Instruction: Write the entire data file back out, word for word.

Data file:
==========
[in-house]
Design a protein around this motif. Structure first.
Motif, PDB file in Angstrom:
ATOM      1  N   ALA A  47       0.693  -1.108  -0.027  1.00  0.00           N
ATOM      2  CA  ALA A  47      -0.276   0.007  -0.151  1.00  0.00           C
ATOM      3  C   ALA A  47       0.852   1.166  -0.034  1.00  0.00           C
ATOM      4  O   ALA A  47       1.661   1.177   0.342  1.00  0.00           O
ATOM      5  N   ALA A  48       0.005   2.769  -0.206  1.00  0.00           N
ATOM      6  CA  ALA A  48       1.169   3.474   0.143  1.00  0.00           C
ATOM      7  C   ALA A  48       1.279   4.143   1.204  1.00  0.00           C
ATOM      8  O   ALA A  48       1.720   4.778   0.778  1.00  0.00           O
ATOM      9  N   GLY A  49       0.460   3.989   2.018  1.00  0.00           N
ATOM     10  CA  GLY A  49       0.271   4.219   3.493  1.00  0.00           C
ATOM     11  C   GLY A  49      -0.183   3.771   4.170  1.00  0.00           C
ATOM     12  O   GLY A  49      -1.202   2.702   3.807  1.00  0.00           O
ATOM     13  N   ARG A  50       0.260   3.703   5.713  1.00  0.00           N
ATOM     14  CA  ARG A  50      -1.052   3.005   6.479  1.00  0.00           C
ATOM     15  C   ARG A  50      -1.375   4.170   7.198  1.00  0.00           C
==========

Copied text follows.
[in-house]
Design a protein around this motif. Structure first.
Motif, PDB file in Angstrom:
ATOM      1  N   ALA A  47       0.693  -1.108  -0.027  1.00  0.00           N
ATOM      2  CA  ALA A  47      -0.276   0.007  -0.151  1.00  0.00           C
ATOM      3  C   ALA A  47       0.852   1.166  -0.034  1.00  0.00           C
ATOM      4  O   ALA A  47       1.661   1.177   0.342  1.00  0.00           O
ATOM      5  N   ALA A  48       0.005   2.769  -0.206  1.00  0.00           N
ATOM      6  CA  ALA A  48       1.169   3.474   0.143  1.00  0.00           C
ATOM      7  C   ALA A  48       1.279   4.143   1.204  1.00  0.00           C
ATOM      8  O   ALA A  48       1.720   4.778   0.778  1.00  0.00           O
ATOM      9  N   GLY A  49       0.460   3.989   2.018  1.00  0.00           N
ATOM     10  CA  GLY A  49       0.271   4.219   3.493  1.00  0.00           C
ATOM     11  C   GLY A  49      -0.183   3.771   4.170  1.00  0.00           C
ATOM     12  O   GLY A  49      -1.202   2.702   3.807  1.00  0.00           O
ATOM     13  N   ARG A  50       0.260   3.703   5.713  1.00  0.00           N
ATOM     14  CA  ARG A  50      -1.052   3.005   6.479  1.00  0.00           C
ATOM     15  C   ARG A  50      -1.375   4.170   7.198  1.00  0.00           C